The Mall of Louisiana and Baton Rouge General Medical Center have been annexed into the city of Baton Rouge, despite a suit filed last week challenging the legality of the move, an attorney representing the city-parish said.

Baton Rouge attorney Mary Olive Pierson, who was retained by the city last week, said the annexation became official on June 13. That means city police are now being dispatched to cover the new city properties, which previously were covered by the East Baton Rouge Sheriff’s Office.

Her comments clash with those of former state Rep. Woody Jenkins, a vocal proponent of the proposed city of St. George, who filed a lawsuit last week contending that the annexation isn’t valid because it doesn’t meet state and local requirements for compactness. Jenkins also questioned the move’s effect on law enforcement.

St. George is not mentioned in the lawsuit, but the Mall of Louisiana has been a lightning rod in the debate over the proposed new city because it is a major sales tax revenue generator. If the annexation is voided, the Mall of Louisiana would be located in the proposed city of St. George. Should the new city successfully incorporate, it would benefit from the sales taxes generated by the retail campus.

Jenkins contends that the annexation is on hold until after a final judgment on his lawsuit is made.

“State law is very clear that when an annexation is challenged in court, the annexation does not go into effect until 10 days after a final judgment upholding the legality of the annexation,” he said.

Pierson said under the parish Plan of Government, which she said takes priority over state laws, the annexations went into effect 30 days after the council vote. She said Jenkins’ legal challenge amounts to an appeal of an annexation that is already in place, and the courts will ultimately decide if the annexation should be reversed.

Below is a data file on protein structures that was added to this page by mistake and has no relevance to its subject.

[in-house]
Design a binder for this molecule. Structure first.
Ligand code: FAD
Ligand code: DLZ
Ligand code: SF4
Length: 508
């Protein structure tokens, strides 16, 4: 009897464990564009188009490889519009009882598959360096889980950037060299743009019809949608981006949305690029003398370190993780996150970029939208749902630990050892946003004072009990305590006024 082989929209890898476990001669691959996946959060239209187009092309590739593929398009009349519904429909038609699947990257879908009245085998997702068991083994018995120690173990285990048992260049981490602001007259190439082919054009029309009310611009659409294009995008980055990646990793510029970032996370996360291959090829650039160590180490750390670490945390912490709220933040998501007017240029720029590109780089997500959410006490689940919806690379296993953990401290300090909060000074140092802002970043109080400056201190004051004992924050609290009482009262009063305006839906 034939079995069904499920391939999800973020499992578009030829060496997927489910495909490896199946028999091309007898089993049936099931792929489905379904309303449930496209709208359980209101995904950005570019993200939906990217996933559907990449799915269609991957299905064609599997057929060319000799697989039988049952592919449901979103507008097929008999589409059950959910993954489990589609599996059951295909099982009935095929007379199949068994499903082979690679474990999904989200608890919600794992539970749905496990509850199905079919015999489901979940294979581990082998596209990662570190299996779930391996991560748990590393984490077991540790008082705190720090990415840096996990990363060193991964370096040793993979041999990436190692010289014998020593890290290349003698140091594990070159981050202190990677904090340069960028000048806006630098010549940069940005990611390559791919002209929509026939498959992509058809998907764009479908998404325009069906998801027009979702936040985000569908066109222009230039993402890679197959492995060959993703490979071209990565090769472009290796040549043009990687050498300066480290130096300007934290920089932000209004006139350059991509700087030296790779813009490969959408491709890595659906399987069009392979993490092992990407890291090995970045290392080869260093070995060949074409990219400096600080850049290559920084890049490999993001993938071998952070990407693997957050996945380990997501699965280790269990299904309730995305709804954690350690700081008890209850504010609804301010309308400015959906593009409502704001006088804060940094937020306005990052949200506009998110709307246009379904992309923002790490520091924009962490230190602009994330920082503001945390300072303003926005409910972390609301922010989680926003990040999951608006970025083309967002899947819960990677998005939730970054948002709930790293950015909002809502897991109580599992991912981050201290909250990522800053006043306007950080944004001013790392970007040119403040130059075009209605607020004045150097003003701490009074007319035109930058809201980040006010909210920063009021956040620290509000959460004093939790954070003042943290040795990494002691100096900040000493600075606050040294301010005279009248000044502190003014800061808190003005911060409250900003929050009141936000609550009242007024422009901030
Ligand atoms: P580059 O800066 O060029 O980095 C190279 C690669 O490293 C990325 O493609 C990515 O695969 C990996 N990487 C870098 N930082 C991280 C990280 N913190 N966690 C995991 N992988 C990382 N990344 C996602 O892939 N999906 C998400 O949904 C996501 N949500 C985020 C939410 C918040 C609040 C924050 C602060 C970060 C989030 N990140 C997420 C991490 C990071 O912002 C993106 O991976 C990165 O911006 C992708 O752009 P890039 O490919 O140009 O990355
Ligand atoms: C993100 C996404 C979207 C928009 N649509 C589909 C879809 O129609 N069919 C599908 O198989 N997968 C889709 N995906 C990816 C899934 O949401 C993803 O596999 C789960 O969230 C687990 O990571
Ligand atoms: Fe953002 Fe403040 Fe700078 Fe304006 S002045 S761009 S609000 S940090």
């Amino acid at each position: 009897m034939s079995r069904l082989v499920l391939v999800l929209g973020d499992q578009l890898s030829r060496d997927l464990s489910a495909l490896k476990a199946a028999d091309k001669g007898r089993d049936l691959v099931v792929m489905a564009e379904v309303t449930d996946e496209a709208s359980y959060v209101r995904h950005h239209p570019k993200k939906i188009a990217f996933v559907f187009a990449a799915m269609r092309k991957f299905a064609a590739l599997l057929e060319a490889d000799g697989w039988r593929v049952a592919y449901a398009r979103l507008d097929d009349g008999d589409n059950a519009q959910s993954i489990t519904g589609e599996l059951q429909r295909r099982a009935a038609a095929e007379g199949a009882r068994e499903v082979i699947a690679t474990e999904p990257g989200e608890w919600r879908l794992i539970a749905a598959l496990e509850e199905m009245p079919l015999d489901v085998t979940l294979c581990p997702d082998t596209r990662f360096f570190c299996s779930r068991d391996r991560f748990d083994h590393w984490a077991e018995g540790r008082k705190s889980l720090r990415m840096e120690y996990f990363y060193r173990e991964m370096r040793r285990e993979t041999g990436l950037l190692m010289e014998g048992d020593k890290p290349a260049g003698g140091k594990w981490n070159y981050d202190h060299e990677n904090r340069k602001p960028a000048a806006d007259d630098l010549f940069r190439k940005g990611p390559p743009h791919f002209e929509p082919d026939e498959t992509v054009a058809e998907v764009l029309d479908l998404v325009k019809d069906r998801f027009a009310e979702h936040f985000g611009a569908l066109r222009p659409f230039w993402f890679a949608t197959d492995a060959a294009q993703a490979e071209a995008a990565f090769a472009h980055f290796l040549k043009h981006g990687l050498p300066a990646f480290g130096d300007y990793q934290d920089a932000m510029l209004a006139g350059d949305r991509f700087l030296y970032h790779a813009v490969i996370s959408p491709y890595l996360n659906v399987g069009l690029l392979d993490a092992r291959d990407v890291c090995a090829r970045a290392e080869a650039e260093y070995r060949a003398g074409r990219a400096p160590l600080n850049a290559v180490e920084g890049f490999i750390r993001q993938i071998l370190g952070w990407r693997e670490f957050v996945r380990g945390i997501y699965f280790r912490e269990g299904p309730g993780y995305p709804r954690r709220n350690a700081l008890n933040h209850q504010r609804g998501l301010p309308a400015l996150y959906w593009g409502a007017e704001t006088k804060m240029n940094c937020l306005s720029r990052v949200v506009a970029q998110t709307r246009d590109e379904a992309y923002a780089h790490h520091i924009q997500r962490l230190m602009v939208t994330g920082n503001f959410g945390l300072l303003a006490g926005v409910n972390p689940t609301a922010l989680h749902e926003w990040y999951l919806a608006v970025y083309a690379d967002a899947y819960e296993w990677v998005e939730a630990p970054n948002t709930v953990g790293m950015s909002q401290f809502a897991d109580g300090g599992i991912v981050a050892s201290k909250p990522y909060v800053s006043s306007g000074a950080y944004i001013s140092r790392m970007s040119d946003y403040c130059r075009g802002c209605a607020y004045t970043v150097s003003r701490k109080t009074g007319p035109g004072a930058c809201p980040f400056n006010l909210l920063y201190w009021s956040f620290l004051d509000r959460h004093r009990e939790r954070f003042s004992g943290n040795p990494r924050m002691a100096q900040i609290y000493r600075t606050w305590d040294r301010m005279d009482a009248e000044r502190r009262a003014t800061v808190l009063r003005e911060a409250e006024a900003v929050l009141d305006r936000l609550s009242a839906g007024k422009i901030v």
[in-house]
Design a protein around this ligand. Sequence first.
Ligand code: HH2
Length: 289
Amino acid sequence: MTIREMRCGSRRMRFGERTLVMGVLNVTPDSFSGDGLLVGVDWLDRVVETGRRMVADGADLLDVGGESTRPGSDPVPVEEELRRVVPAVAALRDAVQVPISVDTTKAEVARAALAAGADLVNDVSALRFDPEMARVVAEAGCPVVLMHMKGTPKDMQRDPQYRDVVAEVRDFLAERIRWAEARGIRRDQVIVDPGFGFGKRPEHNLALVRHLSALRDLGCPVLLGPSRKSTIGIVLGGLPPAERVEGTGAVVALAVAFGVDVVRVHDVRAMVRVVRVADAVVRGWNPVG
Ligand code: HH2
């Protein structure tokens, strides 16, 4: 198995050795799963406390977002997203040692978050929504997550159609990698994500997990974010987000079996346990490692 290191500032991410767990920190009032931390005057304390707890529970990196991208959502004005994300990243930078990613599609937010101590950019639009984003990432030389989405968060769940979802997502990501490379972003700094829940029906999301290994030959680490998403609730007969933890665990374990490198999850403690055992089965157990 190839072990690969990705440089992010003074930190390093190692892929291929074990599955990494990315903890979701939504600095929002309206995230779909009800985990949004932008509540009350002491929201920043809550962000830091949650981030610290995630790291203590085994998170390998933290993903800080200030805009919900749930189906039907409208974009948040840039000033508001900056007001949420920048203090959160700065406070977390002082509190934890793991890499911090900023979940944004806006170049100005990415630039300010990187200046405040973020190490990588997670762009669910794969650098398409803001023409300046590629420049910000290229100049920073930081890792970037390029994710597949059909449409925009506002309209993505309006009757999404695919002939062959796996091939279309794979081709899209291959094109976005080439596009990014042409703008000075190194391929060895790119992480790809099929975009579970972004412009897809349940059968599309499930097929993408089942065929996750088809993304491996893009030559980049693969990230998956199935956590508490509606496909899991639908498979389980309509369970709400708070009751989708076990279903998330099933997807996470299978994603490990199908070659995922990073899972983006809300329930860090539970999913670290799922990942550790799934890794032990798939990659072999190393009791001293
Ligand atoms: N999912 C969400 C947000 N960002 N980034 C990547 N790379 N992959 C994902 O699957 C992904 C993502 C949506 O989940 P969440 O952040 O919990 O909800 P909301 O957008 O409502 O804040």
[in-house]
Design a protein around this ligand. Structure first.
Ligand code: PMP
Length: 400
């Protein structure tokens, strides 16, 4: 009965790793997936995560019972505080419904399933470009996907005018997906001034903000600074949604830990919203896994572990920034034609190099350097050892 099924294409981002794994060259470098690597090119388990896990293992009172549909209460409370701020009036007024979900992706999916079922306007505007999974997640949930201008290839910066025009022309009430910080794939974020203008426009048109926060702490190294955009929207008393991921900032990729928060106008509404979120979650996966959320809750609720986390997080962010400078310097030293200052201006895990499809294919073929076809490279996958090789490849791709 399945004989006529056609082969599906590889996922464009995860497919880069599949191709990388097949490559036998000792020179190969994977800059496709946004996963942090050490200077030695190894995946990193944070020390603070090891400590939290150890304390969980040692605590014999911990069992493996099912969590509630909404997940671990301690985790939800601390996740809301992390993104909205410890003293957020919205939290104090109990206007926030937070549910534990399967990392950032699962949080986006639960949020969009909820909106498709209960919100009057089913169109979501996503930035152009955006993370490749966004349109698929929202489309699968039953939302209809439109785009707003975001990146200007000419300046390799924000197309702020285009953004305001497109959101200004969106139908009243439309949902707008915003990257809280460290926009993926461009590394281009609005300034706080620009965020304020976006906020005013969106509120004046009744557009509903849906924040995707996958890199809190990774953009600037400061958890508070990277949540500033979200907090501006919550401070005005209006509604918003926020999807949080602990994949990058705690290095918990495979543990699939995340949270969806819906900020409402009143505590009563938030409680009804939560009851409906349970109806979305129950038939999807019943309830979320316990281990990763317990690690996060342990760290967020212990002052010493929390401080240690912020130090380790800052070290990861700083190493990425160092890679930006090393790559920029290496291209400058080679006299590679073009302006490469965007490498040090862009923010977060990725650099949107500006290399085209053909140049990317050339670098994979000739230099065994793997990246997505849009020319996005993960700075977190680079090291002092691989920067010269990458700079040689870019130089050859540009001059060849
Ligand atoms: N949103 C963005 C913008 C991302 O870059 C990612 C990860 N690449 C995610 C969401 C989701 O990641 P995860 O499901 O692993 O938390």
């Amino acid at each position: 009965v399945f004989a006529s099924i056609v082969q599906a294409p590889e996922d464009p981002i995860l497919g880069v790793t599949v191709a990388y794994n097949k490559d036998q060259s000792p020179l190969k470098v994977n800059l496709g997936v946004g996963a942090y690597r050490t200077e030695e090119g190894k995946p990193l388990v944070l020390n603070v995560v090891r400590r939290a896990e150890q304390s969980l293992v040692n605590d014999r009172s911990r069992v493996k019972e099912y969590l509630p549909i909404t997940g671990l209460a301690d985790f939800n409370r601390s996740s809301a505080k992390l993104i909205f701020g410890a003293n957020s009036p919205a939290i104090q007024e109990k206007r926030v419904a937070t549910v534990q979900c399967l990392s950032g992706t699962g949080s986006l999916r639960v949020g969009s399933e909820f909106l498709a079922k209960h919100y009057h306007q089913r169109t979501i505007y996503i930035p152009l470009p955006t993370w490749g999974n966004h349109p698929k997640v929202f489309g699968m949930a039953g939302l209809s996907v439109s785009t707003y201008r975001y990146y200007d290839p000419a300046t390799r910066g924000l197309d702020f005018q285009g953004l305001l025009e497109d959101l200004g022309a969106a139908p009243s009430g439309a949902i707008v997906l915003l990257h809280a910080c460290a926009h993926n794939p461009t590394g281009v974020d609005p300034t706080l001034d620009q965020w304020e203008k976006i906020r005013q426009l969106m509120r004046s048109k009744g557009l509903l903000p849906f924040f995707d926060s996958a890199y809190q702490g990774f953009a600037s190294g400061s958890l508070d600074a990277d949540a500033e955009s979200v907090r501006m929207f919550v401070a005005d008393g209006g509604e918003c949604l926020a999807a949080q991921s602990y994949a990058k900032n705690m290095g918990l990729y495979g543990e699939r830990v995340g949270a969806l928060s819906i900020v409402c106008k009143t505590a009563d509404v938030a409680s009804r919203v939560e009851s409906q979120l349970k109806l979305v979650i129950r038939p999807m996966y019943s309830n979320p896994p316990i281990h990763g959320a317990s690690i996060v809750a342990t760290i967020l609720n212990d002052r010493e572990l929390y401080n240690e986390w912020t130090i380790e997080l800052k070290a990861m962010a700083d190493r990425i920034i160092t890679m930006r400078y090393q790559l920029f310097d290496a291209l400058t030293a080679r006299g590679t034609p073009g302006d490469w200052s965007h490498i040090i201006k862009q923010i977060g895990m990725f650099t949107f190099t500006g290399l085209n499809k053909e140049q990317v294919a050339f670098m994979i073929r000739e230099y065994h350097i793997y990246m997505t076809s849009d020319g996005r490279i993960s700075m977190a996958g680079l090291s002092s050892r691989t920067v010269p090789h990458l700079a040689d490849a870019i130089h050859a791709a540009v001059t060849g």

A status hearing was called at 1 p.m. Monday in front of state District Judge Janice Clark for the lawsuit, but it’s unlikely that any arguments would be heard until a later date.

In his lawsuit, Jenkins said the annexation complicated law enforcement duties between Baton Rouge Police and the East Baton Rouge Parish Sheriff deputies because the annexed area excludes anchor stores at the mall and was drawn around other properties.

He said it would create a complicated scenario where the Baton Rouge police would be responsible for responding to the majority of the mall, but the Sheriff’s Office would be responsible for calls to the department stores that were not annexed.

“Mr. Jenkins and some of his colleagues love to go around talking about all this confusion,” Pierson said. “I like to call that the illusion of chaos.”

The Sheriff’s Office has jurisdiction “over every square inch of this parish,” Pierson said. “There’s not a place he can’t respond, and the city police operate primarily in the city, but mutual response agreements operate all over the parish when needed.”

For example, she noted that Towne Center at Cedar Lodge shopping center is an island of unincorporated property within the limits of the city of Baton Rouge.

“So if a policeman is driving down Corporate Boulevard and he witnesses an assault, is he not going to respond? Of course he is,” she said. “These people are just saying these things to frighten people.”

She also said the same issues raised regarding whether the annexation is unreasonable because of its unusual borders and the holes within the mall can be found in every city within the parish.

“The ‘doughnut hole’ thing — that sounds good,” she said. “But there are doughnut holes all over Baker, all over Zachary and all over Central.”

Jenkins said the decision to move forward with the annexation goes against the law, adding that under his interpretation of the Plan of Government, it defers to state law in the case of a legal challenge.

“Mayor-President Kip Holden’s office continues to fly by the seat of its pants and is now trying to enforce its illegal and quite irrational attempt to annex portions of the Mall of Louisiana, leaving some parts inside and some parts outside the city of Baton Rouge, thereby creating confusion for law enforcement and public safety,” he said.

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